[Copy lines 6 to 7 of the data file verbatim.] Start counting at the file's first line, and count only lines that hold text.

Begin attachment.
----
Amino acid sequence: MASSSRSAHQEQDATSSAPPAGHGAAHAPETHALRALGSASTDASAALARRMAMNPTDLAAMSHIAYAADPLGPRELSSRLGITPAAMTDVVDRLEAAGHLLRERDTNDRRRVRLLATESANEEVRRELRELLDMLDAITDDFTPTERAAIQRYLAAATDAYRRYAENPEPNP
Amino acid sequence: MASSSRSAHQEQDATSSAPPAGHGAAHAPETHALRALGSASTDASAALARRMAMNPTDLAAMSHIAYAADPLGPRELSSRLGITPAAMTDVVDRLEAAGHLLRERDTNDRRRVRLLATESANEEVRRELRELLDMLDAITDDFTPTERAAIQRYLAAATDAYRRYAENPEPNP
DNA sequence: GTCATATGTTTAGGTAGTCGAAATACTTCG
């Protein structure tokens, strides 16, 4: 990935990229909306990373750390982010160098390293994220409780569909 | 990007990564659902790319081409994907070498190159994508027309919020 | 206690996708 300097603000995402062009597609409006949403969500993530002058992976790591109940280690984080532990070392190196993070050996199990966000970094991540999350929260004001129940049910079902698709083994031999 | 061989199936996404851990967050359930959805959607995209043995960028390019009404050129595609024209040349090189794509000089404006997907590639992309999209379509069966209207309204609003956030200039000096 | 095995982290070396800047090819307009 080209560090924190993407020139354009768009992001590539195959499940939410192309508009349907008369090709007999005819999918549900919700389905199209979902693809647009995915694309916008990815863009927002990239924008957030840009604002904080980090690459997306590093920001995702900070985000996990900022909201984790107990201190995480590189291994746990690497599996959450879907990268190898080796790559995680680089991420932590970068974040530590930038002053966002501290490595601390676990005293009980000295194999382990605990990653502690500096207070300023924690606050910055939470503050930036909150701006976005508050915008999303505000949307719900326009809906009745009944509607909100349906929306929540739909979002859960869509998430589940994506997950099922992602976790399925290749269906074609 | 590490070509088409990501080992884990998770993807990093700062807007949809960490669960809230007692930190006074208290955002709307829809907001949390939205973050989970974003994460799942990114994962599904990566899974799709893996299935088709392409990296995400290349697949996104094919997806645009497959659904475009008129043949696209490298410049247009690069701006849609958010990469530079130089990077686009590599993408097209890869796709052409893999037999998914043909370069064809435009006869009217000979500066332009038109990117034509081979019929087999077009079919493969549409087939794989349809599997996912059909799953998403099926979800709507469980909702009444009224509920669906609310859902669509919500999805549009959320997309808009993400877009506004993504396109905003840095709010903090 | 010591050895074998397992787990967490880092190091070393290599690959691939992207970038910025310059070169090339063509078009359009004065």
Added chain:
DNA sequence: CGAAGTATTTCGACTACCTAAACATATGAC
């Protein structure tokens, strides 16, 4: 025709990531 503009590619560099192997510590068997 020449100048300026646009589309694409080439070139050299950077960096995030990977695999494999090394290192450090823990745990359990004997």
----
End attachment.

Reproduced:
DNA sequence: CGAAGTATTTCGACTACCTAAACATATGAC
């Protein structure tokens, strides 16, 4: 025709990531 503009590619560099192997510590068997 020449100048300026646009589309694409080439070139050299950077960096995030990977695999494999090394290192450090823990745990359990004997």